Bedsores are More Dangerous Than You Think

Bedsores, also known as pressure ulcers, may sound like a minor affliction. However, when bedsores aren’t promptly identified and properly treated, the effects can be serious. In the United States, about 60,000 people die of bedsore-related complications each year. Others survive, but suffer serious systemic infections or even lose the affected limb.

Too often, these complications arise because hospital or nursing home staff have been negligent.

What Causes Bedsores?

Bedsores result from ongoing pressure that blocks blood circulation. They’re most often seen in bedridden patients, but can impact anyone who sits or lies in one position for an extended period. And, “extended period” may not mean what you think it means. In some circumstances, pressure ulcers can start to form in just a few hours.

For caretakers and healthcare providers, avoiding serious bedsore complications is a two-step process.

Who is at Risk for Bedsores?

Anyone who is immobile for extended periods is at risk for bedsores. However, certain medical conditions and other factors put some people at greater risk for more serious bedsores and complications. Some common examples include:

  • Diabetes
  • Anemia
  • Low blood oxygen levels
  • Neuropathy

The risk of progression of bedsores is also more significant among those with some form of cognitive impairment, since they may be less likely to notice worsening conditions and to remember to shift positions to prevent bedsores. In this situation, monitoring by caretakers and healthcare providers is especially important.

Preventing Bedsores

The first step, of course, is to protect residents and patients against bedsores. In part, that involves simple movement. For those who are able to move independently, this first involves education and encouraging frequent shifting of positions. For patients and residents who are bedridden, caregivers should ensure that they are repositioned frequently.

Other measures, such as using cushioned surfaces or padding parts of the body susceptible to bedsores can also reduce the incidence of bedsores.

But, bedsores are unlikely to be eliminated entirely. That’s why it’s so critical to monitor largely bedridden and largely sedentary people for bedsores and treat them promptly.

Treating Bedsores

Bedsores are broken out into four stages:

  • Stage 1: Bedsores at this stage impact only the surface of the skin. They may be sore or itchy, and you may notice discoloration, texture, or temperature changes in that area of the skin.
  • Stage 2: The sore penetrates further into the skin. The skin may be broken, or may blister and contain pus.
  • Stage 3: The sore reaches fat tissue. You may see an open wound, and may notice an unpleasant odor and other signs of infection.
  • Stage 4: The sore is larger and deeper–sometimes deep enough that muscle and tendons are visible. Signs of infection are visible, and skin may turn black.

Of course, treatment differs by stage. At stage 1, bedsores can often be mitigated simply by shifting pressure away from the area and monitoring. But, later stages require more aggressive treatment. At stage 2, that treatment may simply involve cleaning the wound, protecting it from infection and monitoring. At stage 3, removal of some tissue may be required and antibiotics may be necessary to treat or prevent infection. Recovery at this stage typically takes a month or more, and will require ongoing wound care. Stage 4 bedsores put the patient at risk of bone infection and other serious complications, and may require surgical intervention.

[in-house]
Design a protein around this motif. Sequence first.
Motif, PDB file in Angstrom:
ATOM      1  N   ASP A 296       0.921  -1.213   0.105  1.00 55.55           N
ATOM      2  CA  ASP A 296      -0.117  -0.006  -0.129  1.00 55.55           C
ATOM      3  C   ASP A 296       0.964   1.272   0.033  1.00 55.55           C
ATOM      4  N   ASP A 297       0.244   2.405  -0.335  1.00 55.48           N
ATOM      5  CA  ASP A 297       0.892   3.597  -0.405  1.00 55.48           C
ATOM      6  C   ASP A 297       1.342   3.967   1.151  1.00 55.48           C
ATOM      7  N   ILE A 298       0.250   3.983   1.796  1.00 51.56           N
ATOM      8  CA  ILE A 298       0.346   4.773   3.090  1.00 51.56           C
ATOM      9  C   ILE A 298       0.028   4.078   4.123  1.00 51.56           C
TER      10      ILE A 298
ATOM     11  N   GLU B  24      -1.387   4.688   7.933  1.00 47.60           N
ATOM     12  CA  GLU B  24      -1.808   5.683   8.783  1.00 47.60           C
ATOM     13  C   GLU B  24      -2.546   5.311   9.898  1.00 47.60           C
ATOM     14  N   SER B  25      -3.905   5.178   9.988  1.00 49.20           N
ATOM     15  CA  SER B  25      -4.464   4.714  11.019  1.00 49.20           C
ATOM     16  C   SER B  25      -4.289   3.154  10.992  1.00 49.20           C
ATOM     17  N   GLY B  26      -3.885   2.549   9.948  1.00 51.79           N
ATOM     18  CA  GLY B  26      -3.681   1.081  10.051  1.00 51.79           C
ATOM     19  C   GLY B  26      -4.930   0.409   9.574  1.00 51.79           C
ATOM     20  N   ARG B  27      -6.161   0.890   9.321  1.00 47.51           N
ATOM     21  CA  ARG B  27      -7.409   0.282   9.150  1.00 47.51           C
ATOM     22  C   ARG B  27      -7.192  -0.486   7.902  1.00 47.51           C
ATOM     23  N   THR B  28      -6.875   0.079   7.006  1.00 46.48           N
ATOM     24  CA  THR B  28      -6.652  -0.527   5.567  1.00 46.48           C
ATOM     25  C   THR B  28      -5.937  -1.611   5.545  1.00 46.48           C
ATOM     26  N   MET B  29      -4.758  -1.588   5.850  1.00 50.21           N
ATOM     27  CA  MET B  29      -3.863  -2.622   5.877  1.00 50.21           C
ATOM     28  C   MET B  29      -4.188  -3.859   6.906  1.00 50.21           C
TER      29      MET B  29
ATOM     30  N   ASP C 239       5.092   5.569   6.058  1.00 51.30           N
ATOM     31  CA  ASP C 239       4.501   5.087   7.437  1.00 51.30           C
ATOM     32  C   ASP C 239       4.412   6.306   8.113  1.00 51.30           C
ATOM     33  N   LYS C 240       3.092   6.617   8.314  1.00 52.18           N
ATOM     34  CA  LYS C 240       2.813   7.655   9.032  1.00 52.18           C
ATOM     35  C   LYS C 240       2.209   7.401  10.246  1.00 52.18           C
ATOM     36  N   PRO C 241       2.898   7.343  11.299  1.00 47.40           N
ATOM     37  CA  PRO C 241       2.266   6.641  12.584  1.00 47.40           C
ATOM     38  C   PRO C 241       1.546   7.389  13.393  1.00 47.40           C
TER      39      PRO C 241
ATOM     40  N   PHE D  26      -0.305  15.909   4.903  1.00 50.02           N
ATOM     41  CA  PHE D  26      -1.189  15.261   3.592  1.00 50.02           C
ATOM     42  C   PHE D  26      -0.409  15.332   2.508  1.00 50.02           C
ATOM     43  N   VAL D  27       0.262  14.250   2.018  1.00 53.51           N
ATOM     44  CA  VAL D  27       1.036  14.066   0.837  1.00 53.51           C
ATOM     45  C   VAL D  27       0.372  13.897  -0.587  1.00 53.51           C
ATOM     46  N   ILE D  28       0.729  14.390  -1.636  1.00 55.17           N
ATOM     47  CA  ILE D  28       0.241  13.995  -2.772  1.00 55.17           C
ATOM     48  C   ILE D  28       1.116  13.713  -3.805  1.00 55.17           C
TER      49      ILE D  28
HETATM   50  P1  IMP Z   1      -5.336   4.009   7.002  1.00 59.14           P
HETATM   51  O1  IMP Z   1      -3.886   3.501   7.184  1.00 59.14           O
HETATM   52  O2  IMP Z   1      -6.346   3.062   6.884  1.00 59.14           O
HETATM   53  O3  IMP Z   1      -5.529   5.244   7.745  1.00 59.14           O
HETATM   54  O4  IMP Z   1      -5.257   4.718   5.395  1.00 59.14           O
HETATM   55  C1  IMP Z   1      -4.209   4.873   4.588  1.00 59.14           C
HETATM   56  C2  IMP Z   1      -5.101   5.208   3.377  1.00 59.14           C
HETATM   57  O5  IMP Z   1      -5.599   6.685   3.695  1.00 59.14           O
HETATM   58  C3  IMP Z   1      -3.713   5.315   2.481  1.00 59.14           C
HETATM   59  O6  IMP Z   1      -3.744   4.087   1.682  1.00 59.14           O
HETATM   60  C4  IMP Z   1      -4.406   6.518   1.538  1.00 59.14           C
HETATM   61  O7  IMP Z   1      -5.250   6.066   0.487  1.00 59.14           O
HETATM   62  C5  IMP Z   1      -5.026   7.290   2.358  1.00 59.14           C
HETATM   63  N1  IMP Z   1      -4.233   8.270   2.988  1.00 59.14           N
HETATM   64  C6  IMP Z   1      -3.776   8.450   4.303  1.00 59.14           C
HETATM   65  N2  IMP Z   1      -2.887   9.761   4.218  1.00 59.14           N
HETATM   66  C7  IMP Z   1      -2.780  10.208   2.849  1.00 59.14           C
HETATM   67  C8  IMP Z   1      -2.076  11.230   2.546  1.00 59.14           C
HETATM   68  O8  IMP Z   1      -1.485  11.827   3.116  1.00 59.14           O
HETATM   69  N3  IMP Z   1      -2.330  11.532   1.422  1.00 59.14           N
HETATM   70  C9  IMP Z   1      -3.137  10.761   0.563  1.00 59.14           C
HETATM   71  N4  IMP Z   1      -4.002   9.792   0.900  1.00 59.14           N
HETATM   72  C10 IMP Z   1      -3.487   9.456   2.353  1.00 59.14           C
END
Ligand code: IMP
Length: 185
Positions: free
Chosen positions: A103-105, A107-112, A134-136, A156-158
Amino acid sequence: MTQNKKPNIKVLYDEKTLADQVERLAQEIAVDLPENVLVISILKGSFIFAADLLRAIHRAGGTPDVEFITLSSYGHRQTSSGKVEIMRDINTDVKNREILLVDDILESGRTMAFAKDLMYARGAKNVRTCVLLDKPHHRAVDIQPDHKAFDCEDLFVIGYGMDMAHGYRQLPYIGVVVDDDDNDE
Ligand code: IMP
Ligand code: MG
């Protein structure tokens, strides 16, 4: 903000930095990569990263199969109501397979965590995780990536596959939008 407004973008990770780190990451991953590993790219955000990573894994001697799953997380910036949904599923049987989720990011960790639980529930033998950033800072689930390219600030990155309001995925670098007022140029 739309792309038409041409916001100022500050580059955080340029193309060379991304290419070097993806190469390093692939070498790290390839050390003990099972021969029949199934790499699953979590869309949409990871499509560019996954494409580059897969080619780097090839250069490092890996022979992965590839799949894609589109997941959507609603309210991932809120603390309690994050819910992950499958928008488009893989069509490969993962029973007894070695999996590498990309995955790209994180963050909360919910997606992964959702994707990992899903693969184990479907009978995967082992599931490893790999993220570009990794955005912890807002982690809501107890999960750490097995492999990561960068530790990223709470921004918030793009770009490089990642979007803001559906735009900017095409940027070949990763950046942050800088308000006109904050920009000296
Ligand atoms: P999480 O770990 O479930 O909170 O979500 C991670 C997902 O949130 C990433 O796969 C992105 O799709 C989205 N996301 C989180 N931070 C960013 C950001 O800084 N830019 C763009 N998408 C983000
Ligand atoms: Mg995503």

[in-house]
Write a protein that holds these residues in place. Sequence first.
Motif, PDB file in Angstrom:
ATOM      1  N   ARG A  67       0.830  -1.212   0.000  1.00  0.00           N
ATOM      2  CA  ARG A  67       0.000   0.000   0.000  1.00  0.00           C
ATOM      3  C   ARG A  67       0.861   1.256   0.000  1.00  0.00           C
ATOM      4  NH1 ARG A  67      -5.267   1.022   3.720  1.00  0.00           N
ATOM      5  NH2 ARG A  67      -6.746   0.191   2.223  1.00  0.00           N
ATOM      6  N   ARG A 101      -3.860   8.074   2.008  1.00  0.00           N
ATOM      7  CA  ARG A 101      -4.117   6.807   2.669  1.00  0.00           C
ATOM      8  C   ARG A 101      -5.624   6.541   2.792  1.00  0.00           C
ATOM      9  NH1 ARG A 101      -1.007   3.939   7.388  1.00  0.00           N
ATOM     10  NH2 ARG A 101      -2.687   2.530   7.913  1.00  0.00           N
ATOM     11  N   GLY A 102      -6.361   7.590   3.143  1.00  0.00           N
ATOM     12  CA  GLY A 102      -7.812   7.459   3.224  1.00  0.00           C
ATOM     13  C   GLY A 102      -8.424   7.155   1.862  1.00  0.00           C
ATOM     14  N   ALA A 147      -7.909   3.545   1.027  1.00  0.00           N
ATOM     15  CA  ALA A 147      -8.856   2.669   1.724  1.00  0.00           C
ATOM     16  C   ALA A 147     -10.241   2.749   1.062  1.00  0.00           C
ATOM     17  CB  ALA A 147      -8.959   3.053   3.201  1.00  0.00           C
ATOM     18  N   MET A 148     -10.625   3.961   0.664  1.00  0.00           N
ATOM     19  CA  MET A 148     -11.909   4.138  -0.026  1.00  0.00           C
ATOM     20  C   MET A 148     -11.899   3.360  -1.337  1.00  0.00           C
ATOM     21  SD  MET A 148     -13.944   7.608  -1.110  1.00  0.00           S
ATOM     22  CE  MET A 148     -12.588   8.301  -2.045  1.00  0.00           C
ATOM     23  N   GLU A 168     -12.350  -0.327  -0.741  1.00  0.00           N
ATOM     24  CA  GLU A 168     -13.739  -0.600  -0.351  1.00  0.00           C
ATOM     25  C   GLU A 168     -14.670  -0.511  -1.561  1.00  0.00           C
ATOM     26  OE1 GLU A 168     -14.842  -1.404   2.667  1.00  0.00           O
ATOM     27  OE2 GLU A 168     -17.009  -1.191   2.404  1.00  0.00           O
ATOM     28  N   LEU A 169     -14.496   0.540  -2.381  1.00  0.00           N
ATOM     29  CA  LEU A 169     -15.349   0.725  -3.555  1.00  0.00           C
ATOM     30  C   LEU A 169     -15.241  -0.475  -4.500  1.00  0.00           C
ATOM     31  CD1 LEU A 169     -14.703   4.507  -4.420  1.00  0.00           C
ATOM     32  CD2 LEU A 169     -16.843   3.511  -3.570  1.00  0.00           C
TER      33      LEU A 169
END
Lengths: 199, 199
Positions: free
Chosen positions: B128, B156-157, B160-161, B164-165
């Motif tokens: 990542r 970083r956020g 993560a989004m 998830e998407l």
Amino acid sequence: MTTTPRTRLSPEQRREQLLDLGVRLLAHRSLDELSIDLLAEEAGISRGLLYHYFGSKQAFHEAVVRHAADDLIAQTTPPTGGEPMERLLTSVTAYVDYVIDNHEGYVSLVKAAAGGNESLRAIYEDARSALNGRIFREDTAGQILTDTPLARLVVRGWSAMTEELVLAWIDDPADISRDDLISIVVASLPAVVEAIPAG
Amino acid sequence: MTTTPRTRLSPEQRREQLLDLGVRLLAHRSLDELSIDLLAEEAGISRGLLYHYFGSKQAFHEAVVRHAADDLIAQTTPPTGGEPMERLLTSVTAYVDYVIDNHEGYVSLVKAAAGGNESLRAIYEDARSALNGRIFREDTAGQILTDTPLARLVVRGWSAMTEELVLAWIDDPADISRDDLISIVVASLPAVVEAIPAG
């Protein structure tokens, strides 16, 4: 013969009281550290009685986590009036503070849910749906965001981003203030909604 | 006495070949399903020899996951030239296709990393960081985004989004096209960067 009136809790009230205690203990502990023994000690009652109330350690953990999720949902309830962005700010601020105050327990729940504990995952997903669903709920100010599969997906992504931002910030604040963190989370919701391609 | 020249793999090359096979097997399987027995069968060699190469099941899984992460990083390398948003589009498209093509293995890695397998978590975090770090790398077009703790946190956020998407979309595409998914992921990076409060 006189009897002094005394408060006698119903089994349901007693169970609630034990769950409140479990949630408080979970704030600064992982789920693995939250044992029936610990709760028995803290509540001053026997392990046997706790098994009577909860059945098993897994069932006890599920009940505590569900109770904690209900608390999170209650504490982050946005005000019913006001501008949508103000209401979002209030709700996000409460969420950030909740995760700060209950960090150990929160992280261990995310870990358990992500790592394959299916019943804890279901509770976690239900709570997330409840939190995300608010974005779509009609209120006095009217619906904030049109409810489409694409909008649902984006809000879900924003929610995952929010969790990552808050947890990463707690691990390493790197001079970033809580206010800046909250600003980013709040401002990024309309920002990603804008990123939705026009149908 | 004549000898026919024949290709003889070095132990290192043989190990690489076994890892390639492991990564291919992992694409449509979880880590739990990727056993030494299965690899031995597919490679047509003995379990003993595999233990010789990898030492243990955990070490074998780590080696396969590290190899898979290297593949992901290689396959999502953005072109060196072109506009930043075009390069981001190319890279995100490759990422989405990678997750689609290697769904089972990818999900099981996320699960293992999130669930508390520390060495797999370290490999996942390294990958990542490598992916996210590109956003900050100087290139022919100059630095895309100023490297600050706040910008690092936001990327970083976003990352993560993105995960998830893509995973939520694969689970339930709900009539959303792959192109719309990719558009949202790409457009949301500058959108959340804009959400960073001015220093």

Quality of Care Impacts Pressure Ulcer Outcomes

Treating bedsores appropriately in the early stages can prevent progression to later stages, limit tissue damage, reduce complications, and even save lives. Unfortunately, many people who suffer from bedsores don’t receive timely and appropriate treatment.

It’s important for patients, nursing home residents, and family members and other loved ones to monitor identification and treatment of bedsores closely. The most recent hospital safety grade data from Leapfrog reveals that 12 of 30 Atlanta-area hospitals have higher rates of dangerous bedsores than the national average. In some cases, the rates are more than double the average.

Early identification and treatment can make all the difference.

If you or a loved one has suffered complications from bedsores that went unnoticed or weren’t properly treated, you may be entitled to compensation. Talk to an Atlanta medical malpractice or nursing home negligence attorney to learn more about your rights and options.

Atlanta attorney ReShea Balams fights for maximum compensation for people who have been injured through someone else’s negligence, including victims of medical malpractice and nursing home negligence. The Balams Firm offers free, no-obligation consultations so injury victims can gather the information they need to make good decisions in difficult times. You can schedule yours right now by calling 855-352-2727 or filling out the contact form on this page.

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ReShea Balams

ReShea Balams is an award winning attorney and the founder of The Balams Firm.  Prior to answering her true calling to represent families impacted by life-changes tragedies, ReShea gained invaluable experience and insight as an attorney for large insurance companies.  She is known for her record of exceptional results on behalf of clients, and is a zealous advocate for injury victims.

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